How to Find Consulting Clients – An Interview With Steve Blank

Consultants are often struggling to find new, reliable clients. We were able to ask Steve Blank, the founder of the Lean Startup movement (and someone who has helped a variety of businesses get their product out to market quicker and has worked with numerous consultants throughout the process), what consultants can do to attract clients.

Steve’s suggestion is odd and perhaps a bit counterintuitive. However, Toptal’s top consultants have been doing this for a long time.

How can an expert differentiate themselves?

Steve Blank suggests the best way to be noticed is to make your clients more intelligent: “Sure, you can simply take the client’s check, but great consultants actually make their clients smarter,” Steve Blank claims. “People are aware of me because of the content I have to share, and I’m the first to admit that there’s no mathematics involved. It’s not a masterpiece. I’m a genius of common sense. You collate the most effective practices in a manner that’s easy to understand and repeatable, and others could come up with ways to accomplish it.

“I think that consultants must say to potential clients, “Let me show you how to accomplish the X and Y. I’ll take care of it for you, but do you know that? I’m willing to share my knowledge and help you be more efficient while I’m paying you. Although they’re not interested in knowing that, it’s an incredibly unique position: Will you help me become smarter and accomplish the task? Wow.”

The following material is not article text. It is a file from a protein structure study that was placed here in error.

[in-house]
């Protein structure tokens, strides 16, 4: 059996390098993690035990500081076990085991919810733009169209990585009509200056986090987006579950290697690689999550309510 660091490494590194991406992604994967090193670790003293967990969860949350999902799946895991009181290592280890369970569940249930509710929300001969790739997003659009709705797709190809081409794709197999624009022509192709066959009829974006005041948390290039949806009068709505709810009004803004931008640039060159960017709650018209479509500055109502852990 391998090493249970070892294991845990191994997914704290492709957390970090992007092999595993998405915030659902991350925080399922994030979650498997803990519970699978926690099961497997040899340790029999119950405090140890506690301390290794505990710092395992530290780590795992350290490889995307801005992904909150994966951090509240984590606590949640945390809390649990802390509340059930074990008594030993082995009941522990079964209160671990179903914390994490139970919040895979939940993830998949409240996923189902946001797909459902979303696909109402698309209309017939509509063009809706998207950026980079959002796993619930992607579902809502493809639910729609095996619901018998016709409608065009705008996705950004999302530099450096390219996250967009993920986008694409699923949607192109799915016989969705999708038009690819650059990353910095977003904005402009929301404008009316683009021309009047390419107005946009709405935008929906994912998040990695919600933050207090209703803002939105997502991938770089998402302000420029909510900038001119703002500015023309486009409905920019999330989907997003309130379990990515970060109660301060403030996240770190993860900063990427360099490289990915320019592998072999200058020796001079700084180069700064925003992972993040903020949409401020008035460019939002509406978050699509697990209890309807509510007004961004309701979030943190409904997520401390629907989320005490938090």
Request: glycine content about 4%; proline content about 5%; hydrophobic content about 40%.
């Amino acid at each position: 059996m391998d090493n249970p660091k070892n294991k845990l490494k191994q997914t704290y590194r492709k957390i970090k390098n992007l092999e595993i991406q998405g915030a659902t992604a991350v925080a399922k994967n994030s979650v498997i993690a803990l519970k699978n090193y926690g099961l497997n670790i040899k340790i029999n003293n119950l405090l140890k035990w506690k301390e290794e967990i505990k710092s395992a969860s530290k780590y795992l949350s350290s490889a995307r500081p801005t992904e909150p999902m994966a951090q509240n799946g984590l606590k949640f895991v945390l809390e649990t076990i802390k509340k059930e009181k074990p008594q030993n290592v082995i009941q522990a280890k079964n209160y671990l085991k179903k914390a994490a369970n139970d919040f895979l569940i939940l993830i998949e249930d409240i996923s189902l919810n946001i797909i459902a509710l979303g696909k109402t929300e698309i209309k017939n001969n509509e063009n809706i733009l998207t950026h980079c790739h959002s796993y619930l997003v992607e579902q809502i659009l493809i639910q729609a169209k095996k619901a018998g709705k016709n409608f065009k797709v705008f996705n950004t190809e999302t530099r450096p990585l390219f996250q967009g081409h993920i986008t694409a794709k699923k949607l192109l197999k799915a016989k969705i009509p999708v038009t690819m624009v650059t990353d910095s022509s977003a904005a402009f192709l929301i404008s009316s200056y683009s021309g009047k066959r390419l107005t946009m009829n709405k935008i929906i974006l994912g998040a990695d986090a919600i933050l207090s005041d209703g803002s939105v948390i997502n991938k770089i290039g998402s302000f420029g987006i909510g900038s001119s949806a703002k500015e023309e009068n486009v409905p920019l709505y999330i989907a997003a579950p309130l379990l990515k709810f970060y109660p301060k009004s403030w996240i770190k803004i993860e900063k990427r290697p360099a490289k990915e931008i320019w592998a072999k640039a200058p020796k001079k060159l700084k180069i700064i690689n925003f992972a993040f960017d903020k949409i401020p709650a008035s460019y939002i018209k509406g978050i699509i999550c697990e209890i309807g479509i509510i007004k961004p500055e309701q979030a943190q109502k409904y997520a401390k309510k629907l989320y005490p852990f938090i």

Steve has stated, “As smart as you are, there is no way you’re smarter than the collective intelligence of your potential customer.” In the case of remote consultation, Steve noted that “Sometimes the thing you think is the issue is actually an indication of a problem. Even if you’re within the room, you may not be able to identify the issue. Being in remote locations makes it difficult. Conduct a little research to get a better understanding of the nature of the issue you’re working to solve. Even if you think you’ve been given a job. Context is a great help… When it comes to Lean’s Customer Discovery process, which is an integral part of Lean, You must deal with basic blocking and dealing with. Instead of thinking of this as a task, attempt to understand the goal they’re trying to achieve.”

At Toptal, I’ve heard this phrase time and repeatedly from some of our top consultants. They are constantly asking questions. But they also are quick to ask them and frequently. During my interview with Jeffrey Fidelman, one of Toptal’s most sought-after consultants, he often spoke of his questioning and discovery method being one of the key factors for his business success (check out Fidelman’s advice on Tips to be an Amazing Financial Advisor). In the terms that are used in Lean, Steve calls this “customer discovery”–the method of figuring out what the client’s issue through a dialogue with all the stakeholders is and the steps they must take to address the issue.

Steve explained the best way to produce work that is actually used: “The difference between the work you do not use and your contribution to the final goal is knowing where your product is placed as well as what being successful for the client actually looks like. In addition, figuring out what you want to be successful for? Does this piece of code that must work to achieve X? Does this code work on Thursday and if I fail to send it to you on Friday, I shouldn’t have even begun with the task?”